What about treatments that may themselves save other resources? Early cancer diagnosis ought to reduce costs even if investment is needed in a screening programme (though it is important to carefully evaluate such programmes as these can easily do more harm than good). Funding a training course in infection control that subsequently reduces post-operative infection is good for the patients concerned as well as for costs.
Wider public health measures such as vaccines, or clean water, may have a lot more impact than more 'medical' interventions. Even the state of the economy itself matters, knowing that poverty and poor health are linked.
Using resources well can legitimately include 'spending to save', although the source of funding must be considered carefully, particularly as interest payments if money is borrowed may reduce expected savings.
what happens when a system is overwhelmed?
A well-managed system should ensure that decisions about resources concern particular treatments, rather than particular patients. This should largely avoid issues of discrimination, whether around personal characteristics or the perceived cause of the disease, although doesn't stop a broader decision about a particular treatment having a disproportionate effect on a particular group.
But even in a well-resourced system, there may be crises. The COVID-19 pandemic has illustrated this starkly. The UK poured vast (borrowed) resources into the system. New hospital capacity was built, ventilators hurriedly procured, and draconian restrictions on freedom and the economy led to huge costs for economic support. Yet even spending at this level doesn't solve all problems. Skilled staff cannot suddenly be produced, whatever the number of beds theoretically available; both restrictions on the population and reprioritisation within healthcare increasingly appear to have had a significant impact on dealing with other disease, such as cancer. 
I suspect that a key motivation for the government in approaching COVID-19 this way was to try and minimise situations where a doctor would have to choose which of two similar patients got the last available ventilator or ITU bed. CMF has produced a paper considering what we should do in that situation. 
how can we decide between individuals?
It is very rare that two patients will have an identical chance of getting the same benefit from a treatment. Scoring systems that incorporate factors like age, co-morbidities, and severity of illness at the time of decision may help make decisions as to who will benefit more consistent. These will never be foolproof, and almost all of us with even limited experience in medicine will remember patients who have done much better than anyone would have expected, or sadly have died when it seemed unlikely that they would.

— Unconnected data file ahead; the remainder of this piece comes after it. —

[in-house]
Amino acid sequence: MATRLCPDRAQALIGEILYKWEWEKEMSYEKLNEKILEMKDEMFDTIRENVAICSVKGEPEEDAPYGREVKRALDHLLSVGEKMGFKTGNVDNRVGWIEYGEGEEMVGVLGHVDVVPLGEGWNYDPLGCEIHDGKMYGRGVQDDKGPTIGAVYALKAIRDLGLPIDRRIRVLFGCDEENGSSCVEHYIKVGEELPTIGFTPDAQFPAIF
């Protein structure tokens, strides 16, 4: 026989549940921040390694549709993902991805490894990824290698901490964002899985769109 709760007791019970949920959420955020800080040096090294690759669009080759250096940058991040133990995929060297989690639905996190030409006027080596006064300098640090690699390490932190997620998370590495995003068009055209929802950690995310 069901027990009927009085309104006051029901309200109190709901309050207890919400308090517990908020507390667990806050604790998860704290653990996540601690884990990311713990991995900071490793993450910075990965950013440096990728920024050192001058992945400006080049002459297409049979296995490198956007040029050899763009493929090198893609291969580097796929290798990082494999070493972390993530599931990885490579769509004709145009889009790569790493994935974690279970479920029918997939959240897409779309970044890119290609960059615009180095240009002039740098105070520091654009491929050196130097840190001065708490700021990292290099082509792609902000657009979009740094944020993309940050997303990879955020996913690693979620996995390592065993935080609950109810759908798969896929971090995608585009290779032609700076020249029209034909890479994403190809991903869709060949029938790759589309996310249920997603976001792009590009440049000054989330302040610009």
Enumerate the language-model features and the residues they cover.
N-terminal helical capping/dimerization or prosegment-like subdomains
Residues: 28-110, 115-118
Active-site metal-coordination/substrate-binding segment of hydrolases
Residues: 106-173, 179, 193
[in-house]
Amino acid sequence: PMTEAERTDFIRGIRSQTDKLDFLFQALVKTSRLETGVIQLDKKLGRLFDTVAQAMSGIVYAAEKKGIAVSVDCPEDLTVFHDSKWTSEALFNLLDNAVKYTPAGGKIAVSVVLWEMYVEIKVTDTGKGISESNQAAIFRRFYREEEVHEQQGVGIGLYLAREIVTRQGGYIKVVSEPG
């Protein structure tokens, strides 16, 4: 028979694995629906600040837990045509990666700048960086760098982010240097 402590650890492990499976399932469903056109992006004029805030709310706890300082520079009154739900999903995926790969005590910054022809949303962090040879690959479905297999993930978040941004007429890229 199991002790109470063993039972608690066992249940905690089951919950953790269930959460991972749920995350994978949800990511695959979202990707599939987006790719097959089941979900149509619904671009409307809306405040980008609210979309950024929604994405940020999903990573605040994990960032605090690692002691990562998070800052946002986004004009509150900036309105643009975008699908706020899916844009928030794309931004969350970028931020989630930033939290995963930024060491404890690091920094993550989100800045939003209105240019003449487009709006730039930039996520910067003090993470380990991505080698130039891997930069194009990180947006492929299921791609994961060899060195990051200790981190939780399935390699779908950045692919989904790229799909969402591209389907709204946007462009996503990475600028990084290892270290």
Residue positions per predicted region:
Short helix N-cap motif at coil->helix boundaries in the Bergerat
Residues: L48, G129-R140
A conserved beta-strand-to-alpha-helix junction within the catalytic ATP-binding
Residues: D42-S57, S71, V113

Sometimes, such choices may look discriminatory. Often younger patients do benefit more from treatment than older ones. Smokers are often likely to respond less well. But such decisions are still being made on clinical grounds, not on the perceived value of someone older or younger.
The important point for applying the principles above is that decisions are made as impartially as possible, focussing as much as we can on who will benefit the most, but being willing to explain how this has been done if there are times when a choice with sound clinical rationale appears discriminatory.
what can you do?
It may seem like these questions are for the Secretary of State for Health, not for the healthcare student! But there is much you can do to help at even the most junior level.First, learn about the issues. Before Covid, you might never have expected to have to prioritise between individual patients if you stayed in the UK to work. The pandemic has reminded us that even in a well-funded and sophisticated health system, there is not always enough to go round. Hard decisions had to be made both around intensive care in hospital, and hospital admission from the community. That decision maker might be you in not so many years.
Second, consider leadership. As we have seen, in normal circumstances, decisions like these are made at a system level. Why not get involved in NHS leadership and management so that you can have a voice where decisions are made? Sometimes local bodies that deal with guidelines in individual hospitals, or CCGs in primary care, make significant choices. The NHS is keen to train in leadership,  and there are relevant intercalated BSc programmes. Third, remember that small things matter. How much does the NHS spend on venflons every year, or gloves? Ward consumables may look cheap, but good stewardship of them is significant across a system using huge quantities. Good use of these resources means that there is more to go round, and hence less difficult decisions to make. Later in your career, this is most likely to be felt in prescribing. Do you know the cost difference per year between generic olanzapine, generic olanzapine oro-dispersible tablets, and branded olanzapine tablets (answer in reference)?  Even prescribing savings of a few pence per strip of tablets can be massive across the system if applied to a commonly ordered item like amoxicillin or ramipril.
Fourth, look wider. For space reasons, this article has focussed on UK questions, and applies mainly to countries with similar or greater health resources. The global spread of such resources is far from equal, a matter well documented in the past by CMF.  Might we work outside the UK for a time, or support someone else to do so? As a future leader, we can argue against recruitment campaigns that target countries which already have fewer doctors than us, and support efforts to train enough staff that we might no longer need to import healthcare professionals to sustain the UK's health system.
To sum up, there are decisions to make about resources in even the richest countries. Such allocation should remember the intrinsic worth of individuals. It is likely to be easier to use clinical data and avoid value judgments when making these decisions at a system level. The more efficient the system, the less chance there is of hard decisions between pairs of individuals arising; when these do arise in extreme circumstances, they should be made on clinical grounds, using validated scoring systems as much as possible.
Many in the secular world might agree with much I have written; the distinctive for the Christian is strict avoidance of value judgements on patients' circumstances, the motivation for careful use of resources coming from knowledge that they are God-given. It can sometimes appear as if pursuit of ever more healthcare has become a quest for eternal life itself. We know as Christians that this quest will be fruitless. Eternal life comes only through God's gift in his Son. 
Laurence Crutchlow is CMF Associate Head of Student Ministries and a GP in London